Strong income growth at SpareBank 1 Markets and SpareBank 1 Regnskapshuset SMN is the main reason for the increase in other income.
A high number of multi-product customers is important for the bank. It signifies high customer satisfaction and provides the bank with a diversified income flow.
|Commission income (NOK million)||2018||2017||Change|
|Real estate agency||376||365||11|
|Commissions ex SB1 Boligkreditt and SB1 Næringskreditt||1,811||1,635||177|
|Commissions SB1 Boligkreditt||350||353||-4|
|Commissions SB1 Næringskreditt||16||17||-1|
Return on financial investments
Overall return on financial investments was NOK 341m (322m). This breaks down as follows:
|Return on financial investments (NOK million)||2018||2017||Change|
|Capital gains shares (incl dividends)||103||67||36|
|Gain/(loss) on derivatives||187||124||63|
|Gain/(loss) on other financial instruments at fair value (FVO)||10||7||4|
|Foreign exchange gain/(loss)||63||45||18|
|Gain/(loss) on sertificates and bonds||-77||58||-135|
|Gain/(loss) on shares and share derivatives at SpareBank 1 Markets||58||43||15|
|Gain/(loss) on financial instruments related to hedging||-4||-22||18|
|Net return on financial instruments||341||322||19|
Product companies and other related companies
The product companies give the bank’s customers access to a broad product range and thus provide the bank with commission income. The product companies also provide the banks with a good return on invested capital. The overall profit of the product companies and other related companies was NOK 416m (473m) in 2018.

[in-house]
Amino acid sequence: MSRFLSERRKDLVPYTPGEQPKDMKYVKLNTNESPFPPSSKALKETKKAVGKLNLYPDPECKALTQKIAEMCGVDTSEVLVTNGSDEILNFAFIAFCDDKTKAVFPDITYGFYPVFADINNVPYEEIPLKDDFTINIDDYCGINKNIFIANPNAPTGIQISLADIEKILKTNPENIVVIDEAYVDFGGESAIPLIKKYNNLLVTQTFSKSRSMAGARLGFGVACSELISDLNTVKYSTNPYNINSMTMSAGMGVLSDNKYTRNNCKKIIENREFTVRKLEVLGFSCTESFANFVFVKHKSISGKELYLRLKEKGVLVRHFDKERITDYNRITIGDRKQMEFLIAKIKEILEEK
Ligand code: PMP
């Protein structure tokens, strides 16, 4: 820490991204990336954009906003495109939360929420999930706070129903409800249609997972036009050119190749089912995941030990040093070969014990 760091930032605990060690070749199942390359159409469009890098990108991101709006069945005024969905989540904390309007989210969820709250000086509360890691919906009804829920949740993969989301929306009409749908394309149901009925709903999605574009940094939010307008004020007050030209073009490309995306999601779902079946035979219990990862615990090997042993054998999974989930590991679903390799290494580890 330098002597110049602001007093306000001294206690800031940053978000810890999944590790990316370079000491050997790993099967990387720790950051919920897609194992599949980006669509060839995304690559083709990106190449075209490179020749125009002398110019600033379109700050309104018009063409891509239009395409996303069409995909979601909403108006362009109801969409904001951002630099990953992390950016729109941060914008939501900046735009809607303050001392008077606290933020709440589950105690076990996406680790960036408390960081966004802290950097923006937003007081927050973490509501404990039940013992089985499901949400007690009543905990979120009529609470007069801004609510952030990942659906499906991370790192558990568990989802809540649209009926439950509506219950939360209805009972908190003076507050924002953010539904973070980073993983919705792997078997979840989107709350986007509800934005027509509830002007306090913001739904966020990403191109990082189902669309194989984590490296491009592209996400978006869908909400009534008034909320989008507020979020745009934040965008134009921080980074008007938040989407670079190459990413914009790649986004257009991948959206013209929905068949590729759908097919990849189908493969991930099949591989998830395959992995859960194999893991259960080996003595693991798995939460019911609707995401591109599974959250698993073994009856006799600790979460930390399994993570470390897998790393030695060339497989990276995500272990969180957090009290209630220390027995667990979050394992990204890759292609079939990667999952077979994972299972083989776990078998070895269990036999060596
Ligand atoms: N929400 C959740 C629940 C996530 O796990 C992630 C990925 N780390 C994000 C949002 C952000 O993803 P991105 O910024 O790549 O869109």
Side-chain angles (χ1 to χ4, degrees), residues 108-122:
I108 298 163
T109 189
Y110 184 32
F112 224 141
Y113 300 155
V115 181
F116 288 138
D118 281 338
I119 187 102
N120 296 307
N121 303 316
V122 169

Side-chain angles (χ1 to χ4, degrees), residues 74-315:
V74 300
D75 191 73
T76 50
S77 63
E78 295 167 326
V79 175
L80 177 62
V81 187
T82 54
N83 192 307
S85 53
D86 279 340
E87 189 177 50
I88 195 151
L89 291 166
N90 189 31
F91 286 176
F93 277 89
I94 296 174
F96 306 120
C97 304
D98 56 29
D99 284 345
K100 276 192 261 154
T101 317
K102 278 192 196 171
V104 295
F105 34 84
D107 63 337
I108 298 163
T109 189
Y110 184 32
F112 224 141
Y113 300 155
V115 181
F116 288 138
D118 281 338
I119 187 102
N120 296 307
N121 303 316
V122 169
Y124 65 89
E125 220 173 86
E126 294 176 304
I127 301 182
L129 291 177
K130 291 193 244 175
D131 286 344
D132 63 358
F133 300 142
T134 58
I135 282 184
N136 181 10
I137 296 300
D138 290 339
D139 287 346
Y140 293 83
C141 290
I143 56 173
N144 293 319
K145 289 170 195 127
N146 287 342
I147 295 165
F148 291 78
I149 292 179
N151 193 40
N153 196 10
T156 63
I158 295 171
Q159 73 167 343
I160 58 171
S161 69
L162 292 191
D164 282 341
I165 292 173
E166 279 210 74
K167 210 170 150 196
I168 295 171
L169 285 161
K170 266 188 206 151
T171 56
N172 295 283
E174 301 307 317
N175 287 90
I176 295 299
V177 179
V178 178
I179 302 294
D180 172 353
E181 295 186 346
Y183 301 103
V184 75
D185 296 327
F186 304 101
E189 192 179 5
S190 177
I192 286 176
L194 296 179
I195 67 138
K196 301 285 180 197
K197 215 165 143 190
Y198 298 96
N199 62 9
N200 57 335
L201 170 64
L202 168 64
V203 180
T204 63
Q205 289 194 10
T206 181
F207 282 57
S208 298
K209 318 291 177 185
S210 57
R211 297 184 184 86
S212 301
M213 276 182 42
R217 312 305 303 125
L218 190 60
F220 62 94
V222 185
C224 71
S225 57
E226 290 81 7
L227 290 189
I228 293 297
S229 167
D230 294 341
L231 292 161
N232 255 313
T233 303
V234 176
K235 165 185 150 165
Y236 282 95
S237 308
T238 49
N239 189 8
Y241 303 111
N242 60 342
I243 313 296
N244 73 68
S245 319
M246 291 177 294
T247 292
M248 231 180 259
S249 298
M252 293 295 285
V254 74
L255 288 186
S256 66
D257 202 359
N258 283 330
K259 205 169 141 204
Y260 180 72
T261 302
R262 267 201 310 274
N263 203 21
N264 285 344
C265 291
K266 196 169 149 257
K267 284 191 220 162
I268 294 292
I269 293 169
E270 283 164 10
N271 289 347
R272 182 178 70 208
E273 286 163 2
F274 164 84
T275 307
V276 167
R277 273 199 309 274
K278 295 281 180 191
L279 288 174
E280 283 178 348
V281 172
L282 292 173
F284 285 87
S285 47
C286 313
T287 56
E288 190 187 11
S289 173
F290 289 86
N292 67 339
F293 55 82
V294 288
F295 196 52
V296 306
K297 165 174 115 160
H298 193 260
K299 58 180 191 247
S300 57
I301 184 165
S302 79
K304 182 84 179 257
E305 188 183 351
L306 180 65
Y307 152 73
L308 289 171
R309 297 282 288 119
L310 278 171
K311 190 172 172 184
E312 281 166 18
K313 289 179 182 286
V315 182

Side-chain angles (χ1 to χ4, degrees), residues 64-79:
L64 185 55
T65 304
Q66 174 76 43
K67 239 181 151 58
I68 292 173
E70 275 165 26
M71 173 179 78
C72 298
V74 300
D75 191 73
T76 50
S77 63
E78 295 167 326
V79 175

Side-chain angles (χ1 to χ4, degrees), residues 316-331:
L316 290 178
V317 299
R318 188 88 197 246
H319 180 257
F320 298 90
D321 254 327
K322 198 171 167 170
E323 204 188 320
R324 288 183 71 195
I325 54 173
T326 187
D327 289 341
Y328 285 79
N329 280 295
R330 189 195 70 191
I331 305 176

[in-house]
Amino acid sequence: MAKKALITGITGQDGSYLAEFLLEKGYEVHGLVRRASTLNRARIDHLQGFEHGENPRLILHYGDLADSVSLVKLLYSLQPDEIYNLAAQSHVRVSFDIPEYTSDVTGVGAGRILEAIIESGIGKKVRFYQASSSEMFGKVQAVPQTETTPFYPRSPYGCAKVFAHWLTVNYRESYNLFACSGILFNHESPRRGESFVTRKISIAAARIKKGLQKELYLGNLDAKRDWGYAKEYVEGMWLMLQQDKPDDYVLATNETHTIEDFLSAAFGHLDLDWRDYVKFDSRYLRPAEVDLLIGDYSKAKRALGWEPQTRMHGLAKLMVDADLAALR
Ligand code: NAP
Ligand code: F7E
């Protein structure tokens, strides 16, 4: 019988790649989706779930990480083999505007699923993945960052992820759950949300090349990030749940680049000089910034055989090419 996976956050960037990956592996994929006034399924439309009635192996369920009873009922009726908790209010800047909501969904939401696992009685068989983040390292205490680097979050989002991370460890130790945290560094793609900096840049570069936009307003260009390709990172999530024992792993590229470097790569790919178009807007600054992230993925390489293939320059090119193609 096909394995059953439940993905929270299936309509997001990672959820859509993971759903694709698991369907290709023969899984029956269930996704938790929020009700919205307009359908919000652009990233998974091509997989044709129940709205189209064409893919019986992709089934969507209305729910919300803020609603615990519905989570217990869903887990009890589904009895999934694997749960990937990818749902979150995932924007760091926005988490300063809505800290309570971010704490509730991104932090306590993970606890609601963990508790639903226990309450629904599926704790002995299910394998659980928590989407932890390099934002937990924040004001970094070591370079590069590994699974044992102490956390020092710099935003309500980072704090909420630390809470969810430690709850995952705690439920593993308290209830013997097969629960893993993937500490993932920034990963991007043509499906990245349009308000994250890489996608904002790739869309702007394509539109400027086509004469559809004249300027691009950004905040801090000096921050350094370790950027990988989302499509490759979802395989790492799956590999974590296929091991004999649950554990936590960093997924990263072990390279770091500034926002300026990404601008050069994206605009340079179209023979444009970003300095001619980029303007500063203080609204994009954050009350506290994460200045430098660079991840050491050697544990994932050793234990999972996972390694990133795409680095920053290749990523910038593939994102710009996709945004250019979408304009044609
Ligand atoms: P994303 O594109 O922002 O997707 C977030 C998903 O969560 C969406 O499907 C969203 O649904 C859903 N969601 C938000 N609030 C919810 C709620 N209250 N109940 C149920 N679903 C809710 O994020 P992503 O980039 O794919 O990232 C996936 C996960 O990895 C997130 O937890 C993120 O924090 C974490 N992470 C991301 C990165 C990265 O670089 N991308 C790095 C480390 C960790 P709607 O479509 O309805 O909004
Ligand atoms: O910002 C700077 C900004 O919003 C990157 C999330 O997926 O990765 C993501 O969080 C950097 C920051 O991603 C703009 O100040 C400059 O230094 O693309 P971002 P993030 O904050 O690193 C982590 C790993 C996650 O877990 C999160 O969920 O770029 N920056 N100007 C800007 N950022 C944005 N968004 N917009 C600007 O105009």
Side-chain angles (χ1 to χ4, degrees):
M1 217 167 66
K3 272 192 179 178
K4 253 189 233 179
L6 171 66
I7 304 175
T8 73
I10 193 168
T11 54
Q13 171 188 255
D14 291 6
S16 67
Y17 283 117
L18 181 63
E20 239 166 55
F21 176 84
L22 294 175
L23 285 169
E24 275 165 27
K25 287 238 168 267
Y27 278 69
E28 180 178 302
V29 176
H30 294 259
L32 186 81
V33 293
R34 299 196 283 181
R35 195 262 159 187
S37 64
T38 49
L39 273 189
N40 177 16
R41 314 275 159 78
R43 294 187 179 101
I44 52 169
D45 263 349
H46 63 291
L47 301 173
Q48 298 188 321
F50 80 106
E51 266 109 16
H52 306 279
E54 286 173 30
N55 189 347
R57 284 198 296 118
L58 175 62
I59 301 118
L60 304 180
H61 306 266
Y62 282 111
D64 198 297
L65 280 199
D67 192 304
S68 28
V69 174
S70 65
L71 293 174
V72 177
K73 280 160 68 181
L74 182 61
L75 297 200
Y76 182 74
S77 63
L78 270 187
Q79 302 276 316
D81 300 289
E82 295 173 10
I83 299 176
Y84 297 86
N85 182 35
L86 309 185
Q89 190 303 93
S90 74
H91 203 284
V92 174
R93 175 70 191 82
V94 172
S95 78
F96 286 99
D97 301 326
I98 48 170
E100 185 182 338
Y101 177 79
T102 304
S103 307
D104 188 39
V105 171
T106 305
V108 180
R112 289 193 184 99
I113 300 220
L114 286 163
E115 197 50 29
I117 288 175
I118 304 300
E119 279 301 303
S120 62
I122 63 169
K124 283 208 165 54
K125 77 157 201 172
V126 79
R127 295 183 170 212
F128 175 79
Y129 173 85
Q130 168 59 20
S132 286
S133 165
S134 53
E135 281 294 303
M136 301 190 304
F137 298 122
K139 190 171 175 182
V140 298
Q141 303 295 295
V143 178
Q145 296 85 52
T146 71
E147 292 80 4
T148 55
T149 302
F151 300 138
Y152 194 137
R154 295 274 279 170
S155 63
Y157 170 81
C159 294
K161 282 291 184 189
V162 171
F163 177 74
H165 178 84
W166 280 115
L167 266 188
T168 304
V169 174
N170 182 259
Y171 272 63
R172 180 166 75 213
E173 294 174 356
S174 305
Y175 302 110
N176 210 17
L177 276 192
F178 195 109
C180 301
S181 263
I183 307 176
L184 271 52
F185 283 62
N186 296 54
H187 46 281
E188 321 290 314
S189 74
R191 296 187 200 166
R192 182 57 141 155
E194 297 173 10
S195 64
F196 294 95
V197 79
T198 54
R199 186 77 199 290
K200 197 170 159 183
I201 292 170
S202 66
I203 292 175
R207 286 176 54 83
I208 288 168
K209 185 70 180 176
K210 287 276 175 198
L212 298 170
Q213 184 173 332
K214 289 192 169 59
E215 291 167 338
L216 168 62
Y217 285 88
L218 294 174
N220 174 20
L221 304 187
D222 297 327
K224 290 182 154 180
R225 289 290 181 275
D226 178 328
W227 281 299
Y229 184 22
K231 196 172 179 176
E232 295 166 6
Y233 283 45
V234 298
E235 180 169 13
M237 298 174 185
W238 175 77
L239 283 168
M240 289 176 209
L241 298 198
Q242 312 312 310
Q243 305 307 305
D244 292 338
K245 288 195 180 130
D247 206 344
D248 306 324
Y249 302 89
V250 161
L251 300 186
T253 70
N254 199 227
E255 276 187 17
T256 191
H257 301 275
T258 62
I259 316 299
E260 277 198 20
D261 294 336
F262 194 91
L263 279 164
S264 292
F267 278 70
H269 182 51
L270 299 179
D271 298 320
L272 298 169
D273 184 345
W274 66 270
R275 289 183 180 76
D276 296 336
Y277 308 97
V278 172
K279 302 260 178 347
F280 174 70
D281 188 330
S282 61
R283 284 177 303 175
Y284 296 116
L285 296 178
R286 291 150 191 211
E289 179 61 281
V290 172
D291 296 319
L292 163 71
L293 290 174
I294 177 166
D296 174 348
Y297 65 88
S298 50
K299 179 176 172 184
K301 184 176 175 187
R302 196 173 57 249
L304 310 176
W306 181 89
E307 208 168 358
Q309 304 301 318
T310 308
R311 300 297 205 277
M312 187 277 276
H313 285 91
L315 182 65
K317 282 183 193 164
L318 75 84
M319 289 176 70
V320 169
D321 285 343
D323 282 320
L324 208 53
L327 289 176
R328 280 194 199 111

SpareBank 1 Gruppen
SpareBank 1 Gruppen owns 100 per cent of the shares of SpareBank 1 Forsikring, SpareBank 1 Skadeforsikring, ODIN Forvaltning and SpareBank 1 Gruppen Finans. SpareBank 1 SMN’s stake in SpareBank 1 Gruppen is 19.5 per cent.
SpareBank 1 Gruppen’s post-tax profit in 2018 was NOK 1,480m (1,811m). SpareBank 1 Gruppen’s pre-tax profit was impaired by lower financial income of the insurers as a whole and weaker operating profit of the non-life insurance business as a result of higher claims payments. The post-tax profit is heavily affected by changes in the tax rules governing life and non-life insurers. The rule change was adopted in in December with effect for 2018, and resulted in a write-back of deferred tax worth NOK 330m for SpareBank 1 Gruppen in the fourth quarter.
SpareBank 1 SMN’s share of the profit for 2018 was NOK 289m (349m).
SpareBank 1 Boligkreditt
SpareBank 1 Boligkreditt was established by the banks making up the SpareBank 1 Alliance to draw benefit from the market for covered bonds. The banks sell well-secured residential mortgages to the company and achieve reduced funding costs.